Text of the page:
b) Set Startup type to Manual
c) Click Stop Button

You're done now IIS is stopped to make sure it is stopped you can run from cmd.exe:

telnet localhost 80

when not working you should get 'Could not open connection to the host. on port 80: Connection failed' like shown up in screenshot.

Fix temporary DNS problems on Windows – ipconfig /flushdns

Monday, March 17th, 2014

fix temporary dns issues ipconfig /fush
My internet connection is coming router over a strange Belarusian ADSL modem "Промсвязь". This device serves as ADSL modem and a Wireless Router.
promsviaz_belarusian_adsl_and_wifi_modem

Periodically I'm experiencing issues with DNS, where there is internet but DNS resolving stops woring even though in ipconfig /all I can see DNS settings are proper:

C:\Users\hipo> ipconfig /all

...
Wireless LAN adapter Wireless Network Connection:

   Connection-specific DNS Suffix  . :
   Description . . . . . . . . . . . : Intel(R) Centrino(R) Ultimate-N 6300 AGN
   Physical Address. . . . . . . . . : 3C-A9-F4-4C-E7-98
   DHCP Enabled. . . . . . . . . . . : Yes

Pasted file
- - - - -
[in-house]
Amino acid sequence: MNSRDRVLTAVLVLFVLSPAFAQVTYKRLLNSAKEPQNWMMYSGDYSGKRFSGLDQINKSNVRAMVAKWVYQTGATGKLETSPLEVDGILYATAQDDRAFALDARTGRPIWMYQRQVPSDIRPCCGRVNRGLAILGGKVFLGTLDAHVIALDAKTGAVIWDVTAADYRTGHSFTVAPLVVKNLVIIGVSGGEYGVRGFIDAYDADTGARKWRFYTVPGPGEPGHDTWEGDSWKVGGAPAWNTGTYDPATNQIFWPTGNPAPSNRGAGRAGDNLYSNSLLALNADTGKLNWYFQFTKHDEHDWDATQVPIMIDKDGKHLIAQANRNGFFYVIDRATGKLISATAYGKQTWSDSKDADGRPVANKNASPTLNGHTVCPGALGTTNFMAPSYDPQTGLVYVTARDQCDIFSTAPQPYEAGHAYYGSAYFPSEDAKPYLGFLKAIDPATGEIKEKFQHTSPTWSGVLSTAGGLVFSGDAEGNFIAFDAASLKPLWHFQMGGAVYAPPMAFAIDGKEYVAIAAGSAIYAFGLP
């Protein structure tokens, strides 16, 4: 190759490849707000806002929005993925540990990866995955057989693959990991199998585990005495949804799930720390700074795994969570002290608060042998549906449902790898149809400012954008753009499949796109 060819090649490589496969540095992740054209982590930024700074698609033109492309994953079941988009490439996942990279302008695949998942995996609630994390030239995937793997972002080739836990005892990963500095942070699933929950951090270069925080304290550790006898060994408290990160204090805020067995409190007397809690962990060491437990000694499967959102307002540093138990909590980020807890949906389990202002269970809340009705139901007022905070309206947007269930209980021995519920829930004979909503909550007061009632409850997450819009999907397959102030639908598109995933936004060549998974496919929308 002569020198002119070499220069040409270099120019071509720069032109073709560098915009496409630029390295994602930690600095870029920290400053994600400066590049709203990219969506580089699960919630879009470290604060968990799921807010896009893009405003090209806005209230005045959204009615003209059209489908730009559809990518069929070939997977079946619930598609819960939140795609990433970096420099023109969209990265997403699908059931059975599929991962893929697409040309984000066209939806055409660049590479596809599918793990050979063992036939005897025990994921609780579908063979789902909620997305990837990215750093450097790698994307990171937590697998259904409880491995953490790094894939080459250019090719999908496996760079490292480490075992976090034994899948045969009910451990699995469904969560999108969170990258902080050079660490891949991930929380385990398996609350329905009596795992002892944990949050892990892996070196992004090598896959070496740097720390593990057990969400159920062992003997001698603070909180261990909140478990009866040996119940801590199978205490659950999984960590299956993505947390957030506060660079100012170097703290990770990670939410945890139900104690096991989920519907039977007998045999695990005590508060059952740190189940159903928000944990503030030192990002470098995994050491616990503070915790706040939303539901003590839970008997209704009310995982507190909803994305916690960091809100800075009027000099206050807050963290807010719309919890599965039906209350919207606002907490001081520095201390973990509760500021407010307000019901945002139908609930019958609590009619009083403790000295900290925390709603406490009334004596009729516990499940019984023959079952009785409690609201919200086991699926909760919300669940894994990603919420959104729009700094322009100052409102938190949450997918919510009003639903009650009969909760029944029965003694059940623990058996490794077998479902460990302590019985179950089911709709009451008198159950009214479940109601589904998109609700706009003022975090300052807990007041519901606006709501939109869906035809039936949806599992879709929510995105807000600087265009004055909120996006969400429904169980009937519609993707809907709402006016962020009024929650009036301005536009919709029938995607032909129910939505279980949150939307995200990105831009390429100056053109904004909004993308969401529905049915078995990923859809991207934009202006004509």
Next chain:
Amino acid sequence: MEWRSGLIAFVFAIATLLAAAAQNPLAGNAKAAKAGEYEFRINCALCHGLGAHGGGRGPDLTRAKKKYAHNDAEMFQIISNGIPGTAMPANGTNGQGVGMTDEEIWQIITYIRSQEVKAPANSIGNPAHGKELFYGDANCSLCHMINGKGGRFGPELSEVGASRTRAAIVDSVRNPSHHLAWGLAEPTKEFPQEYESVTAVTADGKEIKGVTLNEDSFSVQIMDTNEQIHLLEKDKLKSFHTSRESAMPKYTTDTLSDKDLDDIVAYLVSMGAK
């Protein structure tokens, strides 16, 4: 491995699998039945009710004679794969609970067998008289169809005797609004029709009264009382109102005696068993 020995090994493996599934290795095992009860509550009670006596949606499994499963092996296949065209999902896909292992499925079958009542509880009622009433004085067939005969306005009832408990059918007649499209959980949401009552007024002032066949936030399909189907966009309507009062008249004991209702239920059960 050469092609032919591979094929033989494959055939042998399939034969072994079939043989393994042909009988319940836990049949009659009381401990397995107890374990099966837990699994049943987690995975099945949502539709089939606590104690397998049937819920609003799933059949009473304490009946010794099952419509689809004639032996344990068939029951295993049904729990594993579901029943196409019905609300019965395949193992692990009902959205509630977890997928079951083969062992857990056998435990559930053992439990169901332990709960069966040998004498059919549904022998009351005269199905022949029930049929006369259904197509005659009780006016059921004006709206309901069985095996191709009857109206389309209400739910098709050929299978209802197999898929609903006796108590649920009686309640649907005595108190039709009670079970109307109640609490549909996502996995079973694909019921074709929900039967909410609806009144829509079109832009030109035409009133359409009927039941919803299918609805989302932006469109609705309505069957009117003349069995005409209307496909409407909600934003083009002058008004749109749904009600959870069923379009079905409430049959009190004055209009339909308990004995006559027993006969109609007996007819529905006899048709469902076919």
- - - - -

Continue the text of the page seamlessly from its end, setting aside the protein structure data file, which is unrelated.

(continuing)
Autoconfiguration Enabled . . . . : Yes
   Link-local IPv6 Address . . . . . : fe80::5d2f:97b8:9e1a:2b13%63(Preferred)
   IPv4 Address. . . . . . . . . . . : 192.168.100.2(Preferred)
   Subnet Mask . . . . . . . . . . . : 255.255.255.0
   Lease Obtained. . . . . . . . . . : March 17, 2014 16:57:40 PM
   Lease Expires . . . . . . . . . . : March 18, 2014 16:57:40 PM
   Default Gateway . . . . . . . . . : 192.168.100.1
   DHCP Server . . . . . . . . . . . : 192.168.100.1
   DHCPv6 IAID . . . . . . . . . . . : 1094494708
   DHCPv6 Client DUID. . . . . . . . : 00-01-00-01-19-CB-1A-5D-A4-5D-36-5A-EB-84

   DNS Servers . . . . . . . . . . . : 8.8.8.8
                                       192.168.100.1
                                       8.8.4.4

   NetBIOS over Tcpip. . . . . . . . : Enabled

 

The fix to situation is to Restart Promsvijazy and restart my Notebook. As this fix takes a lot of time I found another "work around". Make Windows Flush its DNS servers (forget old DNS servers and re-assign them again)

C:\Users\hipo> ipconfig /flushdns